And to make things even more confusing, some of those same friends who are stuck in careers they hate, are the ones who are encouraging me to do this, while they themselves are too chickenshit to attempt the same. You want to take their advice, you would really love to, but it’s hard to take them seriously when they themselves don’t follow it. When you point this out, they tell you it’s not about them, it’s about you, and when you press them on it, they confess that they are too terrified to make the same move, and would probably never take their own advice. What sounds like encouragement starts sounding like a set-up, and you realize, once again, that your friends are useless, and that, as always, you are in this alone.

There is, however, a part of me, that keeps screaming at it to just say “screw it” and do what I want to do. To give up the career, the apartment, the life and even the friends and go for it. That my love for them, the level of comfort they create in my life, is trapping me from doing what I need to do, and therefore they must go. Give it all up. Start over. That even if I failed, then it will be a glorious failure, because I will never look back to this time of my life when I am older in regret and say “If I only I wasn’t such a coward”. To destroy who I made myself become to save who I am. To Live Free or Die!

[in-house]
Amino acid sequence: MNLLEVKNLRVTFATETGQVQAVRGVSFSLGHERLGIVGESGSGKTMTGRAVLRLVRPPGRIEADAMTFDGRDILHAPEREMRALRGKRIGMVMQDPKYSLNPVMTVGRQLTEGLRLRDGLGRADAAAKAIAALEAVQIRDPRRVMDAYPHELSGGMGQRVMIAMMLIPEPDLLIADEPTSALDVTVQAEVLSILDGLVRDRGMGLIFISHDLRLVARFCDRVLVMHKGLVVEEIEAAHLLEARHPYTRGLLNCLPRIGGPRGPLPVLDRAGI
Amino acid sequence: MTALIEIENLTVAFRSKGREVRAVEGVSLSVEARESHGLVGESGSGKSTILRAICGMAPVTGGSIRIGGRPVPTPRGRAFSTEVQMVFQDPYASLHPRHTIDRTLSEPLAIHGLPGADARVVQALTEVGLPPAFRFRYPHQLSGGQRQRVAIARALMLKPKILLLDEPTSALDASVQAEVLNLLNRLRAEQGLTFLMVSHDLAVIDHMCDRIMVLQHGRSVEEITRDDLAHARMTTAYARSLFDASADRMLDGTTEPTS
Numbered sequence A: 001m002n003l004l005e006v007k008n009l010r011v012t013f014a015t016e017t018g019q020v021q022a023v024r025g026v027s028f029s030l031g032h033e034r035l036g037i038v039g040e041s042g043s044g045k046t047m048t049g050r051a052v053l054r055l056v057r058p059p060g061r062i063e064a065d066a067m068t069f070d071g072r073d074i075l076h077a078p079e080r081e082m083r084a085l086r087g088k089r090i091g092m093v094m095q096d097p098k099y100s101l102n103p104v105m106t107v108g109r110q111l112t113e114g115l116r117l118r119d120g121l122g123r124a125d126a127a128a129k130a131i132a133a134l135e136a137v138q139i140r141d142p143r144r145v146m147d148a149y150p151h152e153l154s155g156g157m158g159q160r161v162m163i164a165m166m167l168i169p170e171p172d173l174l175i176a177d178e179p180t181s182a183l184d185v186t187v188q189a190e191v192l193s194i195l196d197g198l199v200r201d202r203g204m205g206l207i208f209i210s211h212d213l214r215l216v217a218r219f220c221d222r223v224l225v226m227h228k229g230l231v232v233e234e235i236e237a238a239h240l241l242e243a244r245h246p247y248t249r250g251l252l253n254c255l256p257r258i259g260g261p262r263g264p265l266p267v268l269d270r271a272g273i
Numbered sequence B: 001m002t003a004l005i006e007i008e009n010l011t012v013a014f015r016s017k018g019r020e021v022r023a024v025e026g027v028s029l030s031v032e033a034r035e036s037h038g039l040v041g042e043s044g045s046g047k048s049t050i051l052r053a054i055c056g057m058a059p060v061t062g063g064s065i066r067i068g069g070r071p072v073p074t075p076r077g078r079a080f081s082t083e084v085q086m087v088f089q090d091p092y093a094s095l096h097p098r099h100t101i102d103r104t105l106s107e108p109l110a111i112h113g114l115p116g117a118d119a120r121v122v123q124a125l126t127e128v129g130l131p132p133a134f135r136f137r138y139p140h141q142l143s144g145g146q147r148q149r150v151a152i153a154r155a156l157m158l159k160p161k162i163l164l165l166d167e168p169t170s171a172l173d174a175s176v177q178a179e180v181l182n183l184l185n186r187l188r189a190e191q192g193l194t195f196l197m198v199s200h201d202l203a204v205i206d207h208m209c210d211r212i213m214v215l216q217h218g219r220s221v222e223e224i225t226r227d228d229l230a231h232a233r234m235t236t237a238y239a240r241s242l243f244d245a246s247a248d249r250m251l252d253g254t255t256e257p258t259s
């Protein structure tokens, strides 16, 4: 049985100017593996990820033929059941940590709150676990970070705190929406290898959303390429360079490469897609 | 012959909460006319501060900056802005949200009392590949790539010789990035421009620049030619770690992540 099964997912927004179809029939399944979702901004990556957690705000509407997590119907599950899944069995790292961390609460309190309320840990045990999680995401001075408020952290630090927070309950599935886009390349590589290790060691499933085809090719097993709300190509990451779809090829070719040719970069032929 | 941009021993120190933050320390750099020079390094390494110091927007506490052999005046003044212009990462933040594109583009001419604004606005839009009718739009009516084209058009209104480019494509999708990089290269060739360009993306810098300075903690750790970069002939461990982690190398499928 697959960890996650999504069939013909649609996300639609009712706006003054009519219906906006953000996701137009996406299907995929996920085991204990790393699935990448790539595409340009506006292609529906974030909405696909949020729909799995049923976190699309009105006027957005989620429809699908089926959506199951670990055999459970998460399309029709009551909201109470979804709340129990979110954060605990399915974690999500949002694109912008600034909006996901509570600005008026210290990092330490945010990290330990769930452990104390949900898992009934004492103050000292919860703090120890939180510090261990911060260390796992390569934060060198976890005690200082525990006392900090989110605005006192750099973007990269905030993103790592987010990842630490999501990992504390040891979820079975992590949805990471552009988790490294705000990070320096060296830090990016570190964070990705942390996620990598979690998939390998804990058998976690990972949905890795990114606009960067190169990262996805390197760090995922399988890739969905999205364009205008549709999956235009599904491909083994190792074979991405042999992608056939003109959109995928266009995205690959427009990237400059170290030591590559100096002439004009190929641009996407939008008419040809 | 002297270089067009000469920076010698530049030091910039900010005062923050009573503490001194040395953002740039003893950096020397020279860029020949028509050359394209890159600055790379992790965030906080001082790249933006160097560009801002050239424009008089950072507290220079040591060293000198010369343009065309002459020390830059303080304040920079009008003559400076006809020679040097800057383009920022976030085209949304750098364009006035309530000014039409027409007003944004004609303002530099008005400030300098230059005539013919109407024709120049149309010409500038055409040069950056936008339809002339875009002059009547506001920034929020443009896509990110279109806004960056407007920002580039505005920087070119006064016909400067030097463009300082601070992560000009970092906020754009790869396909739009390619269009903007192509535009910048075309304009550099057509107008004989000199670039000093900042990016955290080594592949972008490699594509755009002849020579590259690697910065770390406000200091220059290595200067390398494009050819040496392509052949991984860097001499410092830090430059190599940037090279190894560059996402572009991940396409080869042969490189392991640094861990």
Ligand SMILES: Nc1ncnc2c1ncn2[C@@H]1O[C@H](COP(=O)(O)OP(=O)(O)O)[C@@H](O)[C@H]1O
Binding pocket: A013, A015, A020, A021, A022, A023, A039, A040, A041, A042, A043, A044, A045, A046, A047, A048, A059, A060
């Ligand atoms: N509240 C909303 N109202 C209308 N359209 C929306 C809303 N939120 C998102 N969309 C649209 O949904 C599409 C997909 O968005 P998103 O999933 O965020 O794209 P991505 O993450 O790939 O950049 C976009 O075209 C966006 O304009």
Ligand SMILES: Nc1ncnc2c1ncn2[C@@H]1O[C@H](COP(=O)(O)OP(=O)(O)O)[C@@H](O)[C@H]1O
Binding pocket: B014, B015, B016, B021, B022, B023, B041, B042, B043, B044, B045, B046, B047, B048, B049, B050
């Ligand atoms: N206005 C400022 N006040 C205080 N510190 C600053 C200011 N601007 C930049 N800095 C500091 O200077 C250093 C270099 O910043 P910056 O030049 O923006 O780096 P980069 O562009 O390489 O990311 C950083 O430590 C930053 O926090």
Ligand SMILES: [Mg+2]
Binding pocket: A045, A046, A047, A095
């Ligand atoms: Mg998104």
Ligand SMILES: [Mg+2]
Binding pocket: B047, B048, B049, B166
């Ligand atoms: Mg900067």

I can do this. I know I can. Yet here I am , in the office, pretending to work while I write this.

I am not scared, I am not…

…. but I can’t move!

Comments

  1. Someone’s been smokin some good shit…. Boom Shankar!! :)

  2. If you have never started over before, then it’s hard, but it will give you a rush. Don’t weight good or bad against each other, makes it impossible to move. Make a decisions and then do it.

    I’ve quit well paid jobs to go to school, cause it’s my life, I have to live it, and when I die, I want to say “Yeah I liked my life.” My nightmare is to wake up, when I old, thinking “What a waste.”

  3. 27 is when I did it, too. Ditched the big career, the house payments in Orange County, California, the muscle car, shopping at Nordstroms and fake nails. Sure, I starved a couple times, but I found myself and my life pulse…21 years later, i have my dream life.

    Do it, Sandmonkey.